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FAQ: Need for Accessible Formats

The following questions and answers are provided to support teams as they navigate the three options under Step 1, Determination of Need.

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What already-existing data and information can be used to decide among the three options?

Some of the specific types of information that can be used to help teams decide a student’s need for accessible formats include but are not limited to:

  • Sensory abilities
  • Physical abilities
  • Cognitive abilities
  • Reading level, including formal and informal reading diagnostic information
  • Indications in an Individualized Education Program (IEP) or 504 Plan
  • Academic achievement scores and grades
  • Curriculum-based assessments
  • Statewide and districtwide assessment participation and proficiency

What methods can be used to gather additional information?

Some of the methods used to gather additional information include:

  • Trials with materials in accessible formats
  • Formal measures conducted by a psychologist, a reading specialist, an audiologist, a vision teacher, a physical therapist, an occupational therapist, etc.
  • Learning media assessments conducted by vision specialists

Could a student without an identified disability benefit from using an accessible format?

Yes. Many students without disabilities may prefer and could benefit from multiple formats of materials; however, the provision of accessible formats for those students is not required by law.

What information or data would indicate that a student can read and access information from the same text-based educational materials in the same format used across the curriculum by all students?

If a student is making adequate progress and spending a reasonable amount of time on tasks that require obtaining information from text-based educational materials, then the team can determine that there is no need for accessible formats. Data and information can be collected through any of the following:

  • Informal observations by teachers and parents
  • Interviews with students, parents, and teachers
  • Classroom-based assessments
  • Curriculum-based assessments
  • Academic progress
  • Statewide and districtwide assessment results

What are some questions a team may explore to determine if a student may not be able to make effective use of text-based educational materials?

There are many reasons why a student may have difficulty using text-based educational materials, whether print or digital. Examples of questions a team might explore include:

  • Can the student see the material well enough to read the information?
  • Can the student physically manipulate the material without undue effort?
  • Does the student have the necessary physical stamina (e.g., sitting upright, alertness) to read for extended periods of time?
  • Can the student decode letters and words at or near grade level?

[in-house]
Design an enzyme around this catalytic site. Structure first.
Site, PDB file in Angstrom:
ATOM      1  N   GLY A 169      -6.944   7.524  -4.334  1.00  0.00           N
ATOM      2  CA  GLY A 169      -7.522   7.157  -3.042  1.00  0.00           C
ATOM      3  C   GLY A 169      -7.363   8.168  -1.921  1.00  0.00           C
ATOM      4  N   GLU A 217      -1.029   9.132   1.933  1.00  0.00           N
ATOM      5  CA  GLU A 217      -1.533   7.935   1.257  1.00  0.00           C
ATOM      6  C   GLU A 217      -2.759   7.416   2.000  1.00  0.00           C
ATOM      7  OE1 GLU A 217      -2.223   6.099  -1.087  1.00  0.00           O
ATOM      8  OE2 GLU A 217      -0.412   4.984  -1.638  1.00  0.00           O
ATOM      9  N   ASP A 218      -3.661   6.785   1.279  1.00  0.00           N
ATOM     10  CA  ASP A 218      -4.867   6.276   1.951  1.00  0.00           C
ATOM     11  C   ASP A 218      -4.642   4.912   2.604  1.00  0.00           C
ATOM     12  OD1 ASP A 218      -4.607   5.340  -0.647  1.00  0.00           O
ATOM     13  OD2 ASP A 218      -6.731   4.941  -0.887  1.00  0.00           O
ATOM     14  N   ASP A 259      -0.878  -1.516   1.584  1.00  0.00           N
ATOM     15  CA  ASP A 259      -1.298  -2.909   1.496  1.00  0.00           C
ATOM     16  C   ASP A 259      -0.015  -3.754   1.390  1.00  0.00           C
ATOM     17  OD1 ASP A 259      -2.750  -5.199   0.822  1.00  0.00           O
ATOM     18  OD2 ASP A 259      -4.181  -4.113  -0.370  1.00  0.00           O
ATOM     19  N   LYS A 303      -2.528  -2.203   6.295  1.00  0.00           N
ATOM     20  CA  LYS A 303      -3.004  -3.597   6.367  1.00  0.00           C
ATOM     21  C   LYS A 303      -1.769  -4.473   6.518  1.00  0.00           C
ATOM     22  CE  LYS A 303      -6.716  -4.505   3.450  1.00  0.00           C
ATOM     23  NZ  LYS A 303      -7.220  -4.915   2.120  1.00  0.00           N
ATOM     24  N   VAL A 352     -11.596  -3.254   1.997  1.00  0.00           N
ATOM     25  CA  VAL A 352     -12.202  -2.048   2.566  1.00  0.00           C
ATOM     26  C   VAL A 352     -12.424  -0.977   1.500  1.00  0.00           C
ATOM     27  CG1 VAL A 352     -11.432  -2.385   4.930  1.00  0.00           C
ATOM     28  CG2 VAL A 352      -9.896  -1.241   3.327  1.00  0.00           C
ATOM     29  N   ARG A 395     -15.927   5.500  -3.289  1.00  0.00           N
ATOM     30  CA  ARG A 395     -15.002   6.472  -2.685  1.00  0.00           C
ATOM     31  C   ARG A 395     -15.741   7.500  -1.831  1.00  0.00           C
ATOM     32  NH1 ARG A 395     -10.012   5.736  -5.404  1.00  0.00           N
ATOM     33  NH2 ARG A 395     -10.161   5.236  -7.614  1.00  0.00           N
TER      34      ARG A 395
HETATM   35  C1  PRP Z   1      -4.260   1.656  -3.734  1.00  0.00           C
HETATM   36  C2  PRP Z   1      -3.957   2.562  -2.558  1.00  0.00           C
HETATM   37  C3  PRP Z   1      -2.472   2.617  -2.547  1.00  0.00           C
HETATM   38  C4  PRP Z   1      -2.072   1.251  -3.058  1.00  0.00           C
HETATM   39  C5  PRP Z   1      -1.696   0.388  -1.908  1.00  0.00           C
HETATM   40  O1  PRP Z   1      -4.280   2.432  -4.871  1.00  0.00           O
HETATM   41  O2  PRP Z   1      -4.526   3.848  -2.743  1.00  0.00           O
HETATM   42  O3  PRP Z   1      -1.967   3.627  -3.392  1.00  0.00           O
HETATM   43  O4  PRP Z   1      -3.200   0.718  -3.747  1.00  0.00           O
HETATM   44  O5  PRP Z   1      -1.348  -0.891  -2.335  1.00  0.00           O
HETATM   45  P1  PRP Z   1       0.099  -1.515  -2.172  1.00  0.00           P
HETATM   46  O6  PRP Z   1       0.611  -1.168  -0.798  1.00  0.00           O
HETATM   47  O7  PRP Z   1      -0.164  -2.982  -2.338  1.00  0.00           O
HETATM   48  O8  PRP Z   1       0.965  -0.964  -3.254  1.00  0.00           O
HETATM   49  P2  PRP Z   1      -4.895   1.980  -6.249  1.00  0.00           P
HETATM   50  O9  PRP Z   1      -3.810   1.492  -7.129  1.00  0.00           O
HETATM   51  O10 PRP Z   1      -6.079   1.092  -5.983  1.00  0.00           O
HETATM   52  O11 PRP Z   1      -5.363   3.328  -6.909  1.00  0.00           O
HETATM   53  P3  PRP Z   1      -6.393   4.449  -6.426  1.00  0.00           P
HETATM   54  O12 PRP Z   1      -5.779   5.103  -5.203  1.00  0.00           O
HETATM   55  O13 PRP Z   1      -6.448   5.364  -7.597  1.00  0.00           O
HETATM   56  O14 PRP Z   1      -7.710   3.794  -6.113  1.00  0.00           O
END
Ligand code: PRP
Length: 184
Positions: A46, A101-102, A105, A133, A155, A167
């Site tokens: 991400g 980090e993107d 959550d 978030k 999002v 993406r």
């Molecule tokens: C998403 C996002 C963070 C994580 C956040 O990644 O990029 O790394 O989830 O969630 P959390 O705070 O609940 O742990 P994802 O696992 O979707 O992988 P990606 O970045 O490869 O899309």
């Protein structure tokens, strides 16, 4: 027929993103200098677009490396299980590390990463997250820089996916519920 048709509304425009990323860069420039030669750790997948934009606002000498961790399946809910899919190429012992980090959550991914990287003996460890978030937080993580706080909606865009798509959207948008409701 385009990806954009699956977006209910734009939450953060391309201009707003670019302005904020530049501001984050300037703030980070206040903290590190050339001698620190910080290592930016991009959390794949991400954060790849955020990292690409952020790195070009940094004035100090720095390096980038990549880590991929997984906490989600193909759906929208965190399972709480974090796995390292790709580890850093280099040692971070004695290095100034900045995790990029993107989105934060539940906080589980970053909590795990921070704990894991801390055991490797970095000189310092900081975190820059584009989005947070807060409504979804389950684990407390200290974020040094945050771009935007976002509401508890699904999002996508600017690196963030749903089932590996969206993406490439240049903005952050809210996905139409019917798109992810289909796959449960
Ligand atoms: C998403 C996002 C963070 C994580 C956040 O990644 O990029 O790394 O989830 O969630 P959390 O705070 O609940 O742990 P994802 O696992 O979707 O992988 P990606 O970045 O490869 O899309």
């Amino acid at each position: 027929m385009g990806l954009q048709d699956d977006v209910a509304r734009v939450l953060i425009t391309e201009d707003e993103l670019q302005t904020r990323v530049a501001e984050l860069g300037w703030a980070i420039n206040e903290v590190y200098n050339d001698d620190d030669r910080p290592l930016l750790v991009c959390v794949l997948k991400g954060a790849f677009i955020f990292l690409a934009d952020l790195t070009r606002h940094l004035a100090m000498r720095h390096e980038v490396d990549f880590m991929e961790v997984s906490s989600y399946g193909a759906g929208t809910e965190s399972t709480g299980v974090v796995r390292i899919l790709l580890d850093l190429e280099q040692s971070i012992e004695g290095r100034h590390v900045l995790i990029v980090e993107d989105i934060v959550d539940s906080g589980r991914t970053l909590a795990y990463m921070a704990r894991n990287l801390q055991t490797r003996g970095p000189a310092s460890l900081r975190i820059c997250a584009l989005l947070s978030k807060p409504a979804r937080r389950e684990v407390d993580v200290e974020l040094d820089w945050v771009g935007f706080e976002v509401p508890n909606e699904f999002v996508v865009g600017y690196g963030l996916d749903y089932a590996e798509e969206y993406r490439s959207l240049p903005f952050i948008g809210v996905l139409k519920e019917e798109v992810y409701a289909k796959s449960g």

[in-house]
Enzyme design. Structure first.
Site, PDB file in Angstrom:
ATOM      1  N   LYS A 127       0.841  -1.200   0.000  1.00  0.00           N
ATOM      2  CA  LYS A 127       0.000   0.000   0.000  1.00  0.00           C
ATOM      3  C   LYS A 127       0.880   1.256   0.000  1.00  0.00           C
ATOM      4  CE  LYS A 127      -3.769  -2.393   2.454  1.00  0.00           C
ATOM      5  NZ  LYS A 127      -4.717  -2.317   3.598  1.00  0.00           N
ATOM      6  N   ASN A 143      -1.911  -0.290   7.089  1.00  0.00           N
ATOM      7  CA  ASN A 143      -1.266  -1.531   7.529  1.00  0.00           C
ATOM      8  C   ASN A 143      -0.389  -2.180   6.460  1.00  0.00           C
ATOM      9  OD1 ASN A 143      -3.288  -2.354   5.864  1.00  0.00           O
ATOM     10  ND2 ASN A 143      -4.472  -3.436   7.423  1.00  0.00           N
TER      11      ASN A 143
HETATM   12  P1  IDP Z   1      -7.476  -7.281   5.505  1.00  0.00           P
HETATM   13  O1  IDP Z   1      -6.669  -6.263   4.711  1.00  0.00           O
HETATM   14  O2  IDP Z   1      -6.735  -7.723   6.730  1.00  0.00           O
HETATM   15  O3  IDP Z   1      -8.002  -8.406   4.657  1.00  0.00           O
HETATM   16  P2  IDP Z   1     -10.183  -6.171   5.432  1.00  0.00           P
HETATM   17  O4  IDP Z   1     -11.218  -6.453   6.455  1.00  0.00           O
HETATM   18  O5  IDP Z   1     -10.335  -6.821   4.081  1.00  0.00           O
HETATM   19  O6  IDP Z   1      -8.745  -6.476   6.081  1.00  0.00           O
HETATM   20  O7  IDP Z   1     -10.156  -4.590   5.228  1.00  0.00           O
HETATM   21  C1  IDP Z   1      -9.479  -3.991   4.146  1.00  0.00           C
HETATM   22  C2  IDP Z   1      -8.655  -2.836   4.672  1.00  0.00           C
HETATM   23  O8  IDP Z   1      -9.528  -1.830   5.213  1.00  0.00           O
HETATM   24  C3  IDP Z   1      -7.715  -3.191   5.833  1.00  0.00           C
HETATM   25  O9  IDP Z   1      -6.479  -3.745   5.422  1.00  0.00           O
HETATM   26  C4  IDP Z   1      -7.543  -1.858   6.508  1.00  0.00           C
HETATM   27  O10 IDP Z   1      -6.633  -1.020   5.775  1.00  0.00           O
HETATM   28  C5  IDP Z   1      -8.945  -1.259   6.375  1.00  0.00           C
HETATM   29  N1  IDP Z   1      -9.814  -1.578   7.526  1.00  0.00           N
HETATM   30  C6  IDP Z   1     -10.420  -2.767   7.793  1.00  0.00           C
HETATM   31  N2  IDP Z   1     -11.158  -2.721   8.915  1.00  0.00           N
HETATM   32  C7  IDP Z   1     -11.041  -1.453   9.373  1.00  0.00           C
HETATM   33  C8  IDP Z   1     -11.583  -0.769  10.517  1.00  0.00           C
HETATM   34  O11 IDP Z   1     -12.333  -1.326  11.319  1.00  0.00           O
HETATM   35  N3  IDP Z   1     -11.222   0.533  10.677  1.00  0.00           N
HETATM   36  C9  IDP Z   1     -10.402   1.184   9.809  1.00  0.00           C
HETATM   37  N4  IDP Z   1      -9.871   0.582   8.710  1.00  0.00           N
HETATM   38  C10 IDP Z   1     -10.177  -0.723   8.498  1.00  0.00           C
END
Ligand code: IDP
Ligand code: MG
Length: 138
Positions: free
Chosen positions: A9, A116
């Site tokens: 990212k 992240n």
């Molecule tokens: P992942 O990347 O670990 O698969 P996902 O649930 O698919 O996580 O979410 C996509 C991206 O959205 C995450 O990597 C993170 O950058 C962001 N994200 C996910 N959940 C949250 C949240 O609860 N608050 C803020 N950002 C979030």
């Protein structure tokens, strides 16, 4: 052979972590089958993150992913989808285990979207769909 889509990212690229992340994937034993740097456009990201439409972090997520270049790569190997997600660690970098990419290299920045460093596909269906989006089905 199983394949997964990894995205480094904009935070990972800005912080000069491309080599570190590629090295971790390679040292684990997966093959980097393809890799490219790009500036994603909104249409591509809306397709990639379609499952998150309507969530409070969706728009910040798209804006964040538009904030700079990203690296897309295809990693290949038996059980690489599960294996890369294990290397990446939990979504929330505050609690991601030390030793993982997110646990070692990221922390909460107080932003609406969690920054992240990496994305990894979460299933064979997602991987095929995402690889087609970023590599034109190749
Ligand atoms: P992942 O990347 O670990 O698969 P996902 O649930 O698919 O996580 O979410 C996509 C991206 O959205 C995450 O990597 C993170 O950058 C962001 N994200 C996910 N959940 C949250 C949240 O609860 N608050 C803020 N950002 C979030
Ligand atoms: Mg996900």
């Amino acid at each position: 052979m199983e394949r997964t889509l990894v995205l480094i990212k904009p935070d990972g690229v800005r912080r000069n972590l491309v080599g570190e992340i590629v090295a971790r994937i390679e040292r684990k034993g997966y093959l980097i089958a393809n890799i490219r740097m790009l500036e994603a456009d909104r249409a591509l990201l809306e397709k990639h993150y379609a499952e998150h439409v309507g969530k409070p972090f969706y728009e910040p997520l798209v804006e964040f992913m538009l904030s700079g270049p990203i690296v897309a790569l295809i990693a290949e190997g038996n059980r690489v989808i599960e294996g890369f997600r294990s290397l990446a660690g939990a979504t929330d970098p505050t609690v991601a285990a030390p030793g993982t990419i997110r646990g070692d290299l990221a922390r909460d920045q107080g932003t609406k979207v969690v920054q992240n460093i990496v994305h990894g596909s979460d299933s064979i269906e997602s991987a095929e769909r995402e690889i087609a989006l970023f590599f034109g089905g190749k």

• Can the student read with fluency at or near grade level?

Is there a general indicator that a student could use or learn to use an accessible format effectively?

A primary indicator would be that the student understands the content of the educational materials when the information is presented in another format. For example, when the material is read aloud to the student, the student understands the content and can use the information.

What if the team knows that the student already uses one or more accessible formats?

If accessible formats are currently being used by the student, the team can indicate that the student needs one or more accessible formats and can justify the decision by noting a continuing need for the accessible formats currently provided. The student’s use of the formats should be monitored over time to consider whether currently used formats are sufficient or if additional or different formats are needed.

What is the difference between an accessible format and a modified or alternative material?

An accessible format includes exactly the same content as the original material. The accessible format does not change the content, only the way in which the content is presented to the student. The accessible format neither adds nor changes any information. An alternative material may address the same goals, but the content of the material is modified or changed in some way (usually made less complex) so that it can be understood by the student.

What are some indications that a student may require modified content or an alternative material?

If content typically presented to a student has to be changed or modified for this student to understand the information, it is possible that the student would not be able to make use of the material in an accessible format.

What sources of information can a team use to determine that a student is currently unable to master the same content as provided in the general curriculum?

Sources of information or data may include:

  • Trials with materials in accessible formats using the same content and trials using alternative or modified materials
  • Reading diagnostic information
  • Informal observations by teachers and parents
  • Indications in an individualized education program (IEP) or 504 plan
  • Formal measures conducted by a psychologist, psychological associate, or educational diagnostician
  • Determination by the IEP team that the student requires alternative statewide or districtwide assessments
  • Determination by the IEP team that the student requires an alternative educational curriculum
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